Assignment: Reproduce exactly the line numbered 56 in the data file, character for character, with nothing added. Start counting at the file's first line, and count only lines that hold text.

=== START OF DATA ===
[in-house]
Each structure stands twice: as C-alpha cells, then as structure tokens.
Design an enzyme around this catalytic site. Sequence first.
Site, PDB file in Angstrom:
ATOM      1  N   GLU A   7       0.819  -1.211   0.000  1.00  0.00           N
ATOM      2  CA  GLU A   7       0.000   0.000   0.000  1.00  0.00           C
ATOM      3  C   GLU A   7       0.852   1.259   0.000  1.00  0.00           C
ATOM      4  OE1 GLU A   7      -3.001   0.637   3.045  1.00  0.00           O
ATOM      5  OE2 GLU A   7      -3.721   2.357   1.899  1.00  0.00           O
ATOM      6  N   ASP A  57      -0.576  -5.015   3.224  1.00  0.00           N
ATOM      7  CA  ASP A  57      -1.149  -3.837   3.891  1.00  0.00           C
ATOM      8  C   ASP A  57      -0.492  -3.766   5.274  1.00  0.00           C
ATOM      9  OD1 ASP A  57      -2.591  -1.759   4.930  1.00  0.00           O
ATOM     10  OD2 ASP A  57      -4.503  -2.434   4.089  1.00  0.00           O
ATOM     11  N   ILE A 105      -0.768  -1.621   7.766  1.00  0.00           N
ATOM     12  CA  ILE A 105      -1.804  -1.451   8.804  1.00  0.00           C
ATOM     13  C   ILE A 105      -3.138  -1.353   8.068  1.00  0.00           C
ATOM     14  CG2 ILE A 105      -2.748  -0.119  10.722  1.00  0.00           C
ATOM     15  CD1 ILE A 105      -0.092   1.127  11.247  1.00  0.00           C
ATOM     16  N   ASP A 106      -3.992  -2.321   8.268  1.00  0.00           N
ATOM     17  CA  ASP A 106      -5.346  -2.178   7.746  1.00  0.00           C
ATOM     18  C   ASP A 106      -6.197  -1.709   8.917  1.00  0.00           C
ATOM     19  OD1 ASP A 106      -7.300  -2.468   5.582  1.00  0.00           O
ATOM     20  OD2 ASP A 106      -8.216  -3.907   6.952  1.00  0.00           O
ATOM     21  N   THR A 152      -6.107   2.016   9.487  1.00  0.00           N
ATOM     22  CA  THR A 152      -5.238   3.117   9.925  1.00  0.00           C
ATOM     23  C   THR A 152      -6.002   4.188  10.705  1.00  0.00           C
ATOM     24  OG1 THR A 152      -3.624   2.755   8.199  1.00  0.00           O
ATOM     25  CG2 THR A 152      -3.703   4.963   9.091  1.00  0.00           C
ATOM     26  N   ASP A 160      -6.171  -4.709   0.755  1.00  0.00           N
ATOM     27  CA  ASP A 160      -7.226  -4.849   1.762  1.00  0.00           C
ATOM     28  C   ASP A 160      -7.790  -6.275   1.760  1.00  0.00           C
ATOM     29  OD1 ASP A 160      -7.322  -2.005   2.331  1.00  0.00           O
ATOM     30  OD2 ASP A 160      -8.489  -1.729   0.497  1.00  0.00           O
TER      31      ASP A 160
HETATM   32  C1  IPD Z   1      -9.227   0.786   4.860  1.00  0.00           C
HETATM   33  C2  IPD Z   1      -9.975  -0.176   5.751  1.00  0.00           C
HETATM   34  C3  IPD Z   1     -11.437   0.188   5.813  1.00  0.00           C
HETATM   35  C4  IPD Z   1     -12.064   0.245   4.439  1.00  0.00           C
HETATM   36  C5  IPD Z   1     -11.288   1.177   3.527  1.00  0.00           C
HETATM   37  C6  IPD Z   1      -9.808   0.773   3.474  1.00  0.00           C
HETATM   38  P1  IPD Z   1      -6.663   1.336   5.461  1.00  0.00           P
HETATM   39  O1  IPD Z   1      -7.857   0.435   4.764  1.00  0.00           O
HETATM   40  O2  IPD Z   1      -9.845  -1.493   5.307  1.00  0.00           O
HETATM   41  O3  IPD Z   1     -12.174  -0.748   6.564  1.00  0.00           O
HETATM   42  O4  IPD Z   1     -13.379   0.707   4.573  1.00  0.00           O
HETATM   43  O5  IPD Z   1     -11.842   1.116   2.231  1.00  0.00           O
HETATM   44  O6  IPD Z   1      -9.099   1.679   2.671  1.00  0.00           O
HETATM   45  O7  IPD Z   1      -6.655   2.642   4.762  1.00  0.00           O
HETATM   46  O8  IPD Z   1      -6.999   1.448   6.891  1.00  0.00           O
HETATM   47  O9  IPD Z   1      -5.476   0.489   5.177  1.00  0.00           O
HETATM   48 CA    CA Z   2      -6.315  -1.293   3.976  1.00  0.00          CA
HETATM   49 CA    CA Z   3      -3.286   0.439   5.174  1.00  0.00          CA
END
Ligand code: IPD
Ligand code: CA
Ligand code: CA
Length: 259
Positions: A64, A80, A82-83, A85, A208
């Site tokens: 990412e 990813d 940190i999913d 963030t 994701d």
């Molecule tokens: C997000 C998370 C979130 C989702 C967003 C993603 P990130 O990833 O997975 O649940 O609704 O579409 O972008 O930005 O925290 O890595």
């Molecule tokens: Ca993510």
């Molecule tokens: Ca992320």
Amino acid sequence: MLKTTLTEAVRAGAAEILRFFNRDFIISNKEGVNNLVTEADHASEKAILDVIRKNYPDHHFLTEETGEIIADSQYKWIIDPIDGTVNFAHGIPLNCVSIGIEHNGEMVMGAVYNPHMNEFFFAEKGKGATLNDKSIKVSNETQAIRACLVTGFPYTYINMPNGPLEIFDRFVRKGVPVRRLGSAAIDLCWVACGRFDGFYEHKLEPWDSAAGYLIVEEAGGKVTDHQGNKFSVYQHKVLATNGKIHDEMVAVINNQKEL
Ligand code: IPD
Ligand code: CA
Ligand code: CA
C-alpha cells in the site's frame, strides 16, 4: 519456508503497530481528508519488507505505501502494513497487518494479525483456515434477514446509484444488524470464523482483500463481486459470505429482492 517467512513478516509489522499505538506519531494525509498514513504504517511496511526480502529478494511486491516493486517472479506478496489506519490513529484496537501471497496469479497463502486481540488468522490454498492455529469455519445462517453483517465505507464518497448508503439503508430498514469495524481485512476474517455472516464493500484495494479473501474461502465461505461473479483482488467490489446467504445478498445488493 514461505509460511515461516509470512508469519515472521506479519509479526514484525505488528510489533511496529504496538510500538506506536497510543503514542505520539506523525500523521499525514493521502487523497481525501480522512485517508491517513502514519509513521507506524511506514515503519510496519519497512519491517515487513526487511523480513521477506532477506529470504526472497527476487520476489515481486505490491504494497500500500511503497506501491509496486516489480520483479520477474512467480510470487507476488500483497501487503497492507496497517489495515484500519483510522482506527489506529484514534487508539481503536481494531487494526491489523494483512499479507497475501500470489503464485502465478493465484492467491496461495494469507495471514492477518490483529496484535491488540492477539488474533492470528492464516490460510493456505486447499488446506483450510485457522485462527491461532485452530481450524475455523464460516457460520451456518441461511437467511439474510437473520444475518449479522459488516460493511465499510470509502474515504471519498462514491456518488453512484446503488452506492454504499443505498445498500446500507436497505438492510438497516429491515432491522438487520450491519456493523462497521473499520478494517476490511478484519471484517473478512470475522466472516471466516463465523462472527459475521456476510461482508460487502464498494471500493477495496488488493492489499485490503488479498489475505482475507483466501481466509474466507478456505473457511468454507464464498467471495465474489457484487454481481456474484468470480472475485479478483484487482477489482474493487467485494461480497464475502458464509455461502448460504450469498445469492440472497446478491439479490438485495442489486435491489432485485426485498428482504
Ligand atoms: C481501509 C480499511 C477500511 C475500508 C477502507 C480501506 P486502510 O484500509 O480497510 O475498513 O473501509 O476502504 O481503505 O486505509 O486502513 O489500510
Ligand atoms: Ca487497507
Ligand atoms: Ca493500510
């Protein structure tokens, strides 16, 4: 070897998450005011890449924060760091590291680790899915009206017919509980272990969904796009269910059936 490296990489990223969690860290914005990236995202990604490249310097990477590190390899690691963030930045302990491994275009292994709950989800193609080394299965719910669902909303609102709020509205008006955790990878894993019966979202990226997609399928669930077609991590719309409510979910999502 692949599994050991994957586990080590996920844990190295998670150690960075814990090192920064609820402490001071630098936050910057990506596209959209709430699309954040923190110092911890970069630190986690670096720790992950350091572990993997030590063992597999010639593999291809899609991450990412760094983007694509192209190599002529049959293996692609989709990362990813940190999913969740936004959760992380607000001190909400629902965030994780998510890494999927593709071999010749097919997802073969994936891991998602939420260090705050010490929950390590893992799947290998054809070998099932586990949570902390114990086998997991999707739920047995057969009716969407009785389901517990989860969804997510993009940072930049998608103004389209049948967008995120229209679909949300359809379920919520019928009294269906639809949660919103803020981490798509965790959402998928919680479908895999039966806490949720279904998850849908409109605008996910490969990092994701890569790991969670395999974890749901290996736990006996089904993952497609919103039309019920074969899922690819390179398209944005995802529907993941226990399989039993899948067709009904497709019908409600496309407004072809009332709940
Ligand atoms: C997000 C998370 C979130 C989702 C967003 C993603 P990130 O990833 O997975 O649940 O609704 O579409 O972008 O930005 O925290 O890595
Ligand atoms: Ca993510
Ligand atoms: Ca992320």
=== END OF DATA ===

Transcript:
Ligand code: CA